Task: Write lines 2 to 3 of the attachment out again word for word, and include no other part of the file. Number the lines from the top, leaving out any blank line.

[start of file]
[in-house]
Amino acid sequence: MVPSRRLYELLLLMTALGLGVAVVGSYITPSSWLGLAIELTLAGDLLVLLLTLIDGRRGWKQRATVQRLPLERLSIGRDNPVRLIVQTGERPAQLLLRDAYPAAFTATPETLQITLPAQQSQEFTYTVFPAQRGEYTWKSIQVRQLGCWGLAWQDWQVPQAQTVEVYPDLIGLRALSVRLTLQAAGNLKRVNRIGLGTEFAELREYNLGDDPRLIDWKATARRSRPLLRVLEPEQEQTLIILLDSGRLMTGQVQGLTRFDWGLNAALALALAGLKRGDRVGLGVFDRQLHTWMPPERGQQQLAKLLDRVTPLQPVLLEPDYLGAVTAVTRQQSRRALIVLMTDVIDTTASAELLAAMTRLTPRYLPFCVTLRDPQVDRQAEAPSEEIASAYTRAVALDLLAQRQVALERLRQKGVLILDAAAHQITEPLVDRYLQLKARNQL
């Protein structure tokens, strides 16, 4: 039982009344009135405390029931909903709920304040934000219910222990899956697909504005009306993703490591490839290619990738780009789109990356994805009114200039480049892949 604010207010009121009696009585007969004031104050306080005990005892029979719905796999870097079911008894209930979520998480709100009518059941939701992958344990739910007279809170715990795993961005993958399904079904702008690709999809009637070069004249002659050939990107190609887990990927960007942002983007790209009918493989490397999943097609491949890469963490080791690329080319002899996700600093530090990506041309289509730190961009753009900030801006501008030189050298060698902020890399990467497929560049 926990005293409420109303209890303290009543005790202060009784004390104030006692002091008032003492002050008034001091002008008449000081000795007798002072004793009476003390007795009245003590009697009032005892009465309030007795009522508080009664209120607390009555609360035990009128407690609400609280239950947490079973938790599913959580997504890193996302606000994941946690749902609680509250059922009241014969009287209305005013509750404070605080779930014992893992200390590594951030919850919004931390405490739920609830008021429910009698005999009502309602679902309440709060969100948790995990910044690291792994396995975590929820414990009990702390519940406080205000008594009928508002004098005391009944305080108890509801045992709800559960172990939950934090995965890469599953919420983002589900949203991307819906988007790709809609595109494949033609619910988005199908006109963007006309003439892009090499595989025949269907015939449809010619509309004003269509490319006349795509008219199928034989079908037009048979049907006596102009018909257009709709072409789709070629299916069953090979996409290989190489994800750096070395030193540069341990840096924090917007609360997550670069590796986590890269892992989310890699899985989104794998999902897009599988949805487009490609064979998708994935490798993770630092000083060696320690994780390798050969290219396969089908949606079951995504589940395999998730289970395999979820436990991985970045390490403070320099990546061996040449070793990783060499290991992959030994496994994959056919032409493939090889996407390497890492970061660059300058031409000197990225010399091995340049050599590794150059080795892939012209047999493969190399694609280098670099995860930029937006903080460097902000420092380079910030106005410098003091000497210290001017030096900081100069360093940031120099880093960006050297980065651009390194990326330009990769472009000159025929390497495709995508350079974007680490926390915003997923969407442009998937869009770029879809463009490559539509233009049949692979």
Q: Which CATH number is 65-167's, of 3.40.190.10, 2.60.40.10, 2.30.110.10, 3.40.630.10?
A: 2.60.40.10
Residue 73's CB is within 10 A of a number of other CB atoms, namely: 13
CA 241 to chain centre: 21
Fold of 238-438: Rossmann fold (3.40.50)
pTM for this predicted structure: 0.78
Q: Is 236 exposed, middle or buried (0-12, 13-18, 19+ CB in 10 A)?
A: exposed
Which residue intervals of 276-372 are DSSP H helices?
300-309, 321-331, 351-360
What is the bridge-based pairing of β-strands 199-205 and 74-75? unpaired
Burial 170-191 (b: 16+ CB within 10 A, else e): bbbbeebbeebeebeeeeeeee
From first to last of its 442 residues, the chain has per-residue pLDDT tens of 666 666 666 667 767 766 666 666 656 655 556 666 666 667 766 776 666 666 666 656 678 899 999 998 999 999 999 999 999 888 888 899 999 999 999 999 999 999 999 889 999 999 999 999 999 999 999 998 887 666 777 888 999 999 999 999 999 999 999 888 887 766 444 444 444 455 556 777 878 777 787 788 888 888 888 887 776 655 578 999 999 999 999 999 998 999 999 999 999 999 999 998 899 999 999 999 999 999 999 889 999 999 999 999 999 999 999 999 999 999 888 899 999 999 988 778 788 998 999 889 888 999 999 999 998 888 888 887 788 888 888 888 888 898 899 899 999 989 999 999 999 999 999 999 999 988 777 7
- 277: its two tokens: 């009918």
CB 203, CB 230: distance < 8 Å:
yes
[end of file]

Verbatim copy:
Amino acid sequence: MVPSRRLYELLLLMTALGLGVAVVGSYITPSSWLGLAIELTLAGDLLVLLLTLIDGRRGWKQRATVQRLPLERLSIGRDNPVRLIVQTGERPAQLLLRDAYPAAFTATPETLQITLPAQQSQEFTYTVFPAQRGEYTWKSIQVRQLGCWGLAWQDWQVPQAQTVEVYPDLIGLRALSVRLTLQAAGNLKRVNRIGLGTEFAELREYNLGDDPRLIDWKATARRSRPLLRVLEPEQEQTLIILLDSGRLMTGQVQGLTRFDWGLNAALALALAGLKRGDRVGLGVFDRQLHTWMPPERGQQQLAKLLDRVTPLQPVLLEPDYLGAVTAVTRQQSRRALIVLMTDVIDTTASAELLAAMTRLTPRYLPFCVTLRDPQVDRQAEAPSEEIASAYTRAVALDLLAQRQVALERLRQKGVLILDAAAHQITEPLVDRYLQLKARNQL
């Protein structure tokens, strides 16, 4: 039982009344009135405390029931909903709920304040934000219910222990899956697909504005009306993703490591490839290619990738780009789109990356994805009114200039480049892949 604010207010009121009696009585007969004031104050306080005990005892029979719905796999870097079911008894209930979520998480709100009518059941939701992958344990739910007279809170715990795993961005993958399904079904702008690709999809009637070069004249002659050939990107190609887990990927960007942002983007790209009918493989490397999943097609491949890469963490080791690329080319002899996700600093530090990506041309289509730190961009753009900030801006501008030189050298060698902020890399990467497929560049 926990005293409420109303209890303290009543005790202060009784004390104030006692002091008032003492002050008034001091002008008449000081000795007798002072004793009476003390007795009245003590009697009032005892009465309030007795009522508080009664209120607390009555609360035990009128407690609400609280239950947490079973938790599913959580997504890193996302606000994941946690749902609680509250059922009241014969009287209305005013509750404070605080779930014992893992200390590594951030919850919004931390405490739920609830008021429910009698005999009502309602679902309440709060969100948790995990910044690291792994396995975590929820414990009990702390519940406080205000008594009928508002004098005391009944305080108890509801045992709800559960172990939950934090995965890469599953919420983002589900949203991307819906988007790709809609595109494949033609619910988005199908006109963007006309003439892009090499595989025949269907015939449809010619509309004003269509490319006349795509008219199928034989079908037009048979049907006596102009018909257009709709072409789709070629299916069953090979996409290989190489994800750096070395030193540069341990840096924090917007609360997550670069590796986590890269892992989310890699899985989104794998999902897009599988949805487009490609064979998708994935490798993770630092000083060696320690994780390798050969290219396969089908949606079951995504589940395999998730289970395999979820436990991985970045390490403070320099990546061996040449070793990783060499290991992959030994496994994959056919032409493939090889996407390497890492970061660059300058031409000197990225010399091995340049050599590794150059080795892939012209047999493969190399694609280098670099995860930029937006903080460097902000420092380079910030106005410098003091000497210290001017030096900081100069360093940031120099880093960006050297980065651009390194990326330009990769472009000159025929390497495709995508350079974007680490926390915003997923969407442009998937869009770029879809463009490559539509233009049949692979």